Welcome to the first of my weekly marathon blogs in the run-up to the Irish Examiner Cork City Marathon on June 1.
I hope you're getting the miles in and staying injury free as the reality sets in thatgoing to be running a marathon.
I'll be sharing my experiences of training for the big day with you over the next 10 weeks as I aim to finish my fifth Cork marathon and 12th 26.2 mile race in total.
I'm still new to running, having only taken it up in 2010 - and I'm always learning.
As I document my journey, I hope to learn from you too and you can interact with the blog, share your knowledge and send your training photos to @irishexaminer using the hashtag #IECCM.
So, get involved and feel part of the journey toward the June bank holiday race.
There are scores of great races in Ireland. However, there's a real sense of occasion when it comes to the Cork City Marathon.
When you turn onto Patrick's Bridge with just a few hundred metres to go and your body is telling you there is nothing left in the tank, I guarantee you'll speed up a little as the crowd sweep you along and you muster that last injection of adrenaline.
You'll feel like an absolute superstar as you head towards the finish line with thousands of people clapping you and shouting encouragement.
I'm not ashamed to admit that I blubbed like a baby when I finished my first marathon in Cork in 2011.
My body was broken and the emotion got to me.
I was soon brought back to my normal senses, though, when I was handed my medal - and a banana!
I'll never forget that moment.
It doesn't matter if you're running the relay, the half-marathon or the full; you're still lapping the person sitting at home on the couch and therein lay the motivation.
You're the exception, so allow yourself to feel exceptional. Get that medal around your neck and celebrate.
Whether it's your first or the just the latest medal to be added to your vast collection, the way you train will determine how well you do on the day so it's important to train as well as you possibly can - whatever time goals you've set or race distance you're attempting.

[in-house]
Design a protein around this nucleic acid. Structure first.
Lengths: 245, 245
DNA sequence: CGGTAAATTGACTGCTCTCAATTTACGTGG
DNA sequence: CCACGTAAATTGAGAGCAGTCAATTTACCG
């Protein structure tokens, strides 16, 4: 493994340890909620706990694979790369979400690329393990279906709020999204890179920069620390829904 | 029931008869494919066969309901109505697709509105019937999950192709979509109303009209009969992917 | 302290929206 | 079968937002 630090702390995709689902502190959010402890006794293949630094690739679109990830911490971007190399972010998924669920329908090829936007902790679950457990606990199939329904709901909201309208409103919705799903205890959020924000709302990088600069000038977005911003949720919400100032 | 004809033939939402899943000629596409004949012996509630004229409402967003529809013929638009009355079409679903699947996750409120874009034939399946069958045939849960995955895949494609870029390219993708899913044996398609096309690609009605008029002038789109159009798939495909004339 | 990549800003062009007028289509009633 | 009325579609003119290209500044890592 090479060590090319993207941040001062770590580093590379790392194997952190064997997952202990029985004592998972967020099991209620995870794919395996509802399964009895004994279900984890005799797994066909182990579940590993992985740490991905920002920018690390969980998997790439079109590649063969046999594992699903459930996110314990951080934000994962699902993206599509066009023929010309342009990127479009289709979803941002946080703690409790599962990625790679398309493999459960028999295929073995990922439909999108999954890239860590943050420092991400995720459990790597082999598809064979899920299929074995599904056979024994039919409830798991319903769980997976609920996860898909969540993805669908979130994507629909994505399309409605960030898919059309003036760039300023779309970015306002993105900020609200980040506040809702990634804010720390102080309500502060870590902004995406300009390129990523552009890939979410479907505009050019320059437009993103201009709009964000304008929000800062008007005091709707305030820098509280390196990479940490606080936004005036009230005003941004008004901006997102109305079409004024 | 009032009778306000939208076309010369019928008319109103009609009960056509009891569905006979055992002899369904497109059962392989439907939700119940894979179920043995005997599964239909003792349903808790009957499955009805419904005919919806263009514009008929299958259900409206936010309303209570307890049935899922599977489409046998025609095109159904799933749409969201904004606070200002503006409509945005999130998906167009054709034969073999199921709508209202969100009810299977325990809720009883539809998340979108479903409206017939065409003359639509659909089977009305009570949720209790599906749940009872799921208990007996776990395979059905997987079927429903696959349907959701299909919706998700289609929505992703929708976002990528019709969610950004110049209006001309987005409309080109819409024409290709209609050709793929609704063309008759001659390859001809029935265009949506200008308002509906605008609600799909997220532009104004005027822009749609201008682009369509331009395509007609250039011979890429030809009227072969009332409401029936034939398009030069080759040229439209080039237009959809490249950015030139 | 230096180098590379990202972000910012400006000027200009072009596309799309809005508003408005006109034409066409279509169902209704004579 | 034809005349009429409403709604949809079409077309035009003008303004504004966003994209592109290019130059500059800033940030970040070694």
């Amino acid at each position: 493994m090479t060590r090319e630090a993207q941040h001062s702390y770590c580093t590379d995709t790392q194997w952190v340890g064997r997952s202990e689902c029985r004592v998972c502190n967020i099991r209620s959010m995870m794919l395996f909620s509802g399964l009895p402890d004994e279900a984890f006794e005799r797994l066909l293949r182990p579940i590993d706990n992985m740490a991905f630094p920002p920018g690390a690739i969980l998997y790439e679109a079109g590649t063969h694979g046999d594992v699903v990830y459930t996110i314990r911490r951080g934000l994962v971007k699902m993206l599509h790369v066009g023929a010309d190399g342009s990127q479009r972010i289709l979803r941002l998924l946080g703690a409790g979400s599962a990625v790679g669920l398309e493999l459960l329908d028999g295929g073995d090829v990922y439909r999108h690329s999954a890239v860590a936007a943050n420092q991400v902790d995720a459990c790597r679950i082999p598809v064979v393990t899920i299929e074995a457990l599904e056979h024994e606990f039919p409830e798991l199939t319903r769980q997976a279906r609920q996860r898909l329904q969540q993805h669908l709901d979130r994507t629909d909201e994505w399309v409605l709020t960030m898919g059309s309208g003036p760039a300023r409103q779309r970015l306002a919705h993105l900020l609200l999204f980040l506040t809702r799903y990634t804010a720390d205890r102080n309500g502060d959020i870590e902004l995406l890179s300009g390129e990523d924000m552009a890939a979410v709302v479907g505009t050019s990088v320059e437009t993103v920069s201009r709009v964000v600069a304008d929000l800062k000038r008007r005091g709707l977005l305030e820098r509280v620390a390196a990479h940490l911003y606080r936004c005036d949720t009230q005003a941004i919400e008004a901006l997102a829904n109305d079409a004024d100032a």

Before you set out on training (or even if you have started already) the first thing you need to do is get a quick check-up from your GP to get the all clear.
Once that's out of the way the Cork City Marathon website has a range of training plans which are great to use as a schematic to lay out what you need to do.
The most important thing to remember, though, is that training plans are general and everybody is different.
Life will inevitably get in the way and you won't be able to follow them to the letter.
For example, last Monday I started the week off with a 15-mile run and was feeling fantastic after it.
I woke up on Tuesday with no stiffness and rested, but on Wednesday I had to travel to Limerick overnight and was feeling a little ill, so I missed a day.
Thursday and Friday were really busy for me and I could only get out for about 30 minutes – meaning I was a long way short of the mileage I had intended for the week.
This will happen and it's important to not beat yourself up about it or try to catch up and risk injury.
Doing the small stuff matters, so if your day is packed and you only have a half hour to run, then that's OK.
It's better than doing nothing and getting miles in those legs is important.
So, don't feel like it's pointless if it's short – it all adds up.
It's only when this is happening regularly that you may need to adjust your goals.
With a busy lifestyle, it's important to run as best you can, when you can.
Using the training plan as a guide will help you, but adapting it to your schedule will ensure you get the best results.
Choosing your trainers for the day can be a daunting experience. There are so many brands and styles around that knowing what to buy can be difficult.
It's important that you wear them in before the race, so now is the time to be looking.
In order to navigate the sea of information out there it's best to talk to the experts and go to a sports store that offer gait analysis to determine your pronation and ensure you get the right balance of support, stability and cushion.
There are loads of specialist running stores that offer this service and it's usually free.
The size you wear can also have a bearing on your running.
I started off with an Asics pair for my first few races that I really loved.
Once that pair had done their time I went in search of the same style. Unfortunately they were no longer on the market, but I managed to source a pair that was a half-size bigger.
They were at a reduced price and I thought the slight change in size wouldn't make a difference, so I went for the bargain.
How wrong I was!
My feet were moving around more than they should have been in the shoes and I was quite uncomfortable as a result. My times dipped slightly and I vowed never to make the same mistake again.
Choose wisely and you'll be thankful on race day!
Follow and interact with @whatrodidnext on Twitter. Tweet your training pics to @IrishExaminer using the hashtag #IECCM
READ MORE: Every runner in the Cork City Marathon has a story